First for music news
This Week's Issue
You’re logged in

Living In The Flood

Introduced to a new generation by his work with Massive Attack, Andy is a silken-voice warbler from pre-ragga Jamaica...

Living In The Flood

6 / 10 Introduced to a new generation by his work with Massive Attack, Andy is a silken-voice warbler from pre-ragga Jamaica - a rare songbird a-quiver with warmth and loss, despair and ecstasy. The recent 'Skylarking' compilation retraced his glory years with such mercurial studio maestros as Bunny Lee, Augustus Pablo and Coxsone Dodd. But 'Living In The Flood', his first all-original album in over a decade, substitutes well-respected present-day producer Clive Hunt for the errant geniuses of old and can't help pall in comparison .

/img/HoraceAndyCover1099.jpg Some of it, desperate to cover as many marketing options as possible, is indeed embarrassing. The songbird constricted inside dreadlock'd holiday manoeuvres, starched-shirt businessman reggae and sickly pop sap. But thankfully Andy has not forsaken his core strength as a voice of reggae conscience. His interpretation of the timeless street-kid ballad 'Johnny Too Bad' is fraught and deeply felt, he brings a sanctified longing to the last days prophesy of the title track, co-written with Joe Strummer, and the self-penned 'Don't Blame The Children' is astonishing, a cry against violence that simultaneously acknowledges its heavily marketed glamour.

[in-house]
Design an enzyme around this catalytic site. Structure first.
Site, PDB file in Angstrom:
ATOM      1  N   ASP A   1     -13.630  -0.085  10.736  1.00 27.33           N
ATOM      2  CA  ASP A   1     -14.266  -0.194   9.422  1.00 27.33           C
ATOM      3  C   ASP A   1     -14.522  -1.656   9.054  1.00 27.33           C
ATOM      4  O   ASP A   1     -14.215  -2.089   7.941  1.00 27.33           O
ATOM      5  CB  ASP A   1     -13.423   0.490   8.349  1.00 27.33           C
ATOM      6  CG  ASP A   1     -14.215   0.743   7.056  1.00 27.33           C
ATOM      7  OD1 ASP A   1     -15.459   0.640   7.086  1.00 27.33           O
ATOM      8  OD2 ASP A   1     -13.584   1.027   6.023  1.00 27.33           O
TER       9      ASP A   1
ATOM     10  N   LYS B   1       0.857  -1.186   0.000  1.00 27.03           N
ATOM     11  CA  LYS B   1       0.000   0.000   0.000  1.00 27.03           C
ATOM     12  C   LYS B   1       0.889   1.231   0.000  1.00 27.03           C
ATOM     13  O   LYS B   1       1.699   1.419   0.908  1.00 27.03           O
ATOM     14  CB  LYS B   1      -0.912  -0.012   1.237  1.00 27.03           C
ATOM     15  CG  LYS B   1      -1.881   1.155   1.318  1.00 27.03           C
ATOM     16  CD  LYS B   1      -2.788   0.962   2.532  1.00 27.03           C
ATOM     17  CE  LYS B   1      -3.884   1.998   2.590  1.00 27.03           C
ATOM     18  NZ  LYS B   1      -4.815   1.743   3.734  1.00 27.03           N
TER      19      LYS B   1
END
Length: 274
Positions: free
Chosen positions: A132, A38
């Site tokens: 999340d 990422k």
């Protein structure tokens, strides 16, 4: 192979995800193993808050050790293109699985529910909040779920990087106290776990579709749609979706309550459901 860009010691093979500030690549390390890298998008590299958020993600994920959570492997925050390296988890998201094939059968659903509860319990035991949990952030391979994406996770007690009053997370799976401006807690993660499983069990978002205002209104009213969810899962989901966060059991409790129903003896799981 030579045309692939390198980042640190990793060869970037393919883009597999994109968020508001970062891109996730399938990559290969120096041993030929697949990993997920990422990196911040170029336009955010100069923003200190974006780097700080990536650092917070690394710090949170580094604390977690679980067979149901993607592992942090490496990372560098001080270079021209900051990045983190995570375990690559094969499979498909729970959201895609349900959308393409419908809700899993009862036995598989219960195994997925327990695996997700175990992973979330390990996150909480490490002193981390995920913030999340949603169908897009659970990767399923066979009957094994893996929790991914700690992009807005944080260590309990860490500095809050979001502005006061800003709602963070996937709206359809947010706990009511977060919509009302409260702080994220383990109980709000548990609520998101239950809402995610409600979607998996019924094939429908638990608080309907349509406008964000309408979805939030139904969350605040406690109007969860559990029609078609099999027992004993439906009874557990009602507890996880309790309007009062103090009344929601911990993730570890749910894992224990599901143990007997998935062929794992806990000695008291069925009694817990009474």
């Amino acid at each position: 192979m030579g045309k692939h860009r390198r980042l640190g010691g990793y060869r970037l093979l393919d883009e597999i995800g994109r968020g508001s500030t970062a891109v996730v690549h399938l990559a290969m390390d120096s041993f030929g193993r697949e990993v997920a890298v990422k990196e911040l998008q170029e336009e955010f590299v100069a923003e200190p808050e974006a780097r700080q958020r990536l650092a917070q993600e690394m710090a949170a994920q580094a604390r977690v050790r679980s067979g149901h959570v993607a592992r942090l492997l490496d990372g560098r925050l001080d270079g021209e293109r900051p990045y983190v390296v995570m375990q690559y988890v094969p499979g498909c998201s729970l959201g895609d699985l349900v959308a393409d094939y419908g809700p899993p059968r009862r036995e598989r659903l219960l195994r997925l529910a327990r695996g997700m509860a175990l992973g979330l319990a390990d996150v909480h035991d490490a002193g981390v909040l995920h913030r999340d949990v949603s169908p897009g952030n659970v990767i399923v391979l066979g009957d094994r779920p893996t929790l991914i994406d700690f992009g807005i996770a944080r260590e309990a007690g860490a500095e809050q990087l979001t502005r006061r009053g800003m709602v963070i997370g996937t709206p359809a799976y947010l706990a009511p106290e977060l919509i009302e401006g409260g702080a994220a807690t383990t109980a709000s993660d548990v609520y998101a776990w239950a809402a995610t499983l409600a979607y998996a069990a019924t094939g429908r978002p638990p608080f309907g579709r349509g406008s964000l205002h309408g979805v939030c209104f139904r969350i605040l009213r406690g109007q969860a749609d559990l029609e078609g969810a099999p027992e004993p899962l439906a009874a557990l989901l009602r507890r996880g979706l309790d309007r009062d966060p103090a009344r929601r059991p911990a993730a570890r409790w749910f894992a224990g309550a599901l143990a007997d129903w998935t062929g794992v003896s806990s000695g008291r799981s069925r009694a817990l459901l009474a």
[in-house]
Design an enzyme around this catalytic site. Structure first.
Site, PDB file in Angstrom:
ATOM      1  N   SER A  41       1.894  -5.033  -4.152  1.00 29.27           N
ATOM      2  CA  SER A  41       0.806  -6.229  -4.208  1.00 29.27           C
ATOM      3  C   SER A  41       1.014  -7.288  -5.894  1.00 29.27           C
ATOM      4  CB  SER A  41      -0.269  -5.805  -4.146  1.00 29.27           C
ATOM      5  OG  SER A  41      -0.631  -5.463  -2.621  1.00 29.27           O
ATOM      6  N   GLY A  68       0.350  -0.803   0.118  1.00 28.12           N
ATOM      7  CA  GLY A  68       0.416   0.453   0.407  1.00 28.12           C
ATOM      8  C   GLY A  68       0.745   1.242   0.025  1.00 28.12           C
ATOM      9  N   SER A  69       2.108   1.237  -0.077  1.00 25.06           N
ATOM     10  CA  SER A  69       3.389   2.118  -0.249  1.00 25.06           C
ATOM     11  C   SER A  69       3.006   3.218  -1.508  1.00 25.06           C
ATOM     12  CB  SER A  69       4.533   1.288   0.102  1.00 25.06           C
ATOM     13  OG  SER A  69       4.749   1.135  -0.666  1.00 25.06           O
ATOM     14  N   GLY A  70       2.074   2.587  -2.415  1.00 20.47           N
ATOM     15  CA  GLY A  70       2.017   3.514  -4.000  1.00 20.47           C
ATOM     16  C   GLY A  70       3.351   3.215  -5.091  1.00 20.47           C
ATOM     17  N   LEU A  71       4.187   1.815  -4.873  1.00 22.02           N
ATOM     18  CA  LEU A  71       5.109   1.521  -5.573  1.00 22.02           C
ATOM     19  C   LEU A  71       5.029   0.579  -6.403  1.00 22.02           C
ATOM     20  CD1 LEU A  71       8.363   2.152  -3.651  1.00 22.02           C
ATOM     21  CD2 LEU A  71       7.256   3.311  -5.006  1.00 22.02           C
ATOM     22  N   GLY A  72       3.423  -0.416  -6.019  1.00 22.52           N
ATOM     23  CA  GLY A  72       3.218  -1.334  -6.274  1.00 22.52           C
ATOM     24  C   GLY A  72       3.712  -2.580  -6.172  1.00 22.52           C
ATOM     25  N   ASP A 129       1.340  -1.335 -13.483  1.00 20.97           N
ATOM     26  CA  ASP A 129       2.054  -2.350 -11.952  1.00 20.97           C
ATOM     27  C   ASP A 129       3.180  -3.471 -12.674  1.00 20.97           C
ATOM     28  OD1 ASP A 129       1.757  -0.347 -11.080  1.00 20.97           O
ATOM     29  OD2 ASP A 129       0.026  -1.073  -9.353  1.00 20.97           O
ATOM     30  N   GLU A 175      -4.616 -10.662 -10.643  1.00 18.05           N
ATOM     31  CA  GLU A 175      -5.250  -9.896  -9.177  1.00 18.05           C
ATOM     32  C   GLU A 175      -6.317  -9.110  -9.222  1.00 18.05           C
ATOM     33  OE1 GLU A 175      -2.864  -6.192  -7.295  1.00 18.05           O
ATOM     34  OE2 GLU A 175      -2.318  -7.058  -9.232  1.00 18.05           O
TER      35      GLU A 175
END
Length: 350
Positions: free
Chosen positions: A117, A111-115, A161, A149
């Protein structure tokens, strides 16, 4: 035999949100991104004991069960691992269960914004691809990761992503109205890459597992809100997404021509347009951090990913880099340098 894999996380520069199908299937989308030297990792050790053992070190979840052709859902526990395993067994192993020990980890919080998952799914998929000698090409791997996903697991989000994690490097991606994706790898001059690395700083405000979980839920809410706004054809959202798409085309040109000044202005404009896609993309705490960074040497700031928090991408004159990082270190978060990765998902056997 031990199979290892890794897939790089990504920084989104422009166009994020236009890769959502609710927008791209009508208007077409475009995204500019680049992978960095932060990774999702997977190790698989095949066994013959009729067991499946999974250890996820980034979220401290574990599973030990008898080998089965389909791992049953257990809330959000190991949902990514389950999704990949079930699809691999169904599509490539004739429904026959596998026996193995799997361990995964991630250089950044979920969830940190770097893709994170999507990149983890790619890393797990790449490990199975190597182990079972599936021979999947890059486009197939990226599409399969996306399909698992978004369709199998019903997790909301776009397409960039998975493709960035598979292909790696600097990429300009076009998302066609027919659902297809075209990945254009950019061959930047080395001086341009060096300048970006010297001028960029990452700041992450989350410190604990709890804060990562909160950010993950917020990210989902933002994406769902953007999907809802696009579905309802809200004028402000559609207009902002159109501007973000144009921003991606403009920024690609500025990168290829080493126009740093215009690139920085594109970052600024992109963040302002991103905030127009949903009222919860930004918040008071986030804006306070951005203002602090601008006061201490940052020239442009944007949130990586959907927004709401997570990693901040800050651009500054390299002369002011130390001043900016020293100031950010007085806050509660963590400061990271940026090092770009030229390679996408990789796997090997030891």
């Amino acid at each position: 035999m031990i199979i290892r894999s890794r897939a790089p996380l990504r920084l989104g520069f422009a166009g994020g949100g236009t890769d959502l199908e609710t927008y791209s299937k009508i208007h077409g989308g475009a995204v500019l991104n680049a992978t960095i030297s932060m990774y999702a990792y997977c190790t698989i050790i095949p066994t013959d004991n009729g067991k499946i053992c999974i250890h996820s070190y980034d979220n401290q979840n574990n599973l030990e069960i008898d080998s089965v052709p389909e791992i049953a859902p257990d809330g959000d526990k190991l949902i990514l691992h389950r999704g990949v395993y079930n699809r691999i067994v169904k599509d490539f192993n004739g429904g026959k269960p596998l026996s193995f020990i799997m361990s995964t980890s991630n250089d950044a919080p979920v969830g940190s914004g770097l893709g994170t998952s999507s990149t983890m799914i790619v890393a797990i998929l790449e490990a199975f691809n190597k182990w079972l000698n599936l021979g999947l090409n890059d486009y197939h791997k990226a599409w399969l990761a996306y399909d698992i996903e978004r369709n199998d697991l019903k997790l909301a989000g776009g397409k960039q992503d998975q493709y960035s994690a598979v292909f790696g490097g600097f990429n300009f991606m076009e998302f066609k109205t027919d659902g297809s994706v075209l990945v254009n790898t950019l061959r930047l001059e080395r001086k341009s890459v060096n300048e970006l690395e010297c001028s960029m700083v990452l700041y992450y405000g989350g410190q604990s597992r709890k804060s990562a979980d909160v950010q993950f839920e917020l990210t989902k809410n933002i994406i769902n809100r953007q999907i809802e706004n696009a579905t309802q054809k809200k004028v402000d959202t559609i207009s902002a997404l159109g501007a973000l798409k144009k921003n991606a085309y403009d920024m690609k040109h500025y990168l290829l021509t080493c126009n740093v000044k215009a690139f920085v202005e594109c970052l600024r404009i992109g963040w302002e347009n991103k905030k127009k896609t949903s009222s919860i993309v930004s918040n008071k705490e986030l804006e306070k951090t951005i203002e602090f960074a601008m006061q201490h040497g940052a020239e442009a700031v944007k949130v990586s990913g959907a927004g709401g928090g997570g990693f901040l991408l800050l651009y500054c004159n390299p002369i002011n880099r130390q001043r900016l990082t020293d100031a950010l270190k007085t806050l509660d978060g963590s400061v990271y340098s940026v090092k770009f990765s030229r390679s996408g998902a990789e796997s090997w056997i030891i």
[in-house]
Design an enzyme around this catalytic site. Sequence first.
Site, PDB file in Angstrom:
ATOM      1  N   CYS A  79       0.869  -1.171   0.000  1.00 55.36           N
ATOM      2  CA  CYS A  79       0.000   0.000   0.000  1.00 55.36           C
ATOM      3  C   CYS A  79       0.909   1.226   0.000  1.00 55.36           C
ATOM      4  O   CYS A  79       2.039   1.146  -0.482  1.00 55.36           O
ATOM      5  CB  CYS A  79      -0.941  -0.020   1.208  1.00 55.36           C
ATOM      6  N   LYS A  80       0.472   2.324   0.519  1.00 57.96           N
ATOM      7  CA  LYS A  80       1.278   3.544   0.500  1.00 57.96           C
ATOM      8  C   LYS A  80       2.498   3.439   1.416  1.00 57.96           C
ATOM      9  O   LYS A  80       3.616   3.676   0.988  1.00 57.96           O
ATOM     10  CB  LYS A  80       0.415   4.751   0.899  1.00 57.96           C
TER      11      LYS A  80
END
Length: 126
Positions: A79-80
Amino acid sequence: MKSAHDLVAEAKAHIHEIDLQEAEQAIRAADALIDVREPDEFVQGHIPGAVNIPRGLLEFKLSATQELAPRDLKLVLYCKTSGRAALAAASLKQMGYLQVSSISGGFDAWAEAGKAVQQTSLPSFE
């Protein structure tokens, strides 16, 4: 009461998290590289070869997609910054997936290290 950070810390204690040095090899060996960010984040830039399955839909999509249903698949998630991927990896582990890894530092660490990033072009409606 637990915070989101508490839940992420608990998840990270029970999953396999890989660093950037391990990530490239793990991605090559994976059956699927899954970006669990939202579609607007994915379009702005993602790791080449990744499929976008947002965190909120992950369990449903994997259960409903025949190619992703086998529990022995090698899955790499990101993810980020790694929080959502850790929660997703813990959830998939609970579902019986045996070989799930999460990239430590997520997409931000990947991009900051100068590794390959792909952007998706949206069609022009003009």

Other collaborations - with Massive's 3D on 'Doldrums' - are less successful. But this is far from a failure - emerging proud and resilient, the Andy vocal is a precious resource that won't weaken - no matter how inappropriate the setting.

To rate this track, log in to NME.COM

To read all our reviews first - days before they appear online - check out NME magazine, on sale every Wednesday

Comments

Please login to add your comment.

More Videos
More
Latest Tickets - Booking Now
 
Know Your NME
  • Facebook
  • Twitter
  •  
  •  
  •  
  •  
 

 
NME Store & Framed Prints
Most Read Reviews
Popular This Week
Inside NME.COM
On NME.COM Today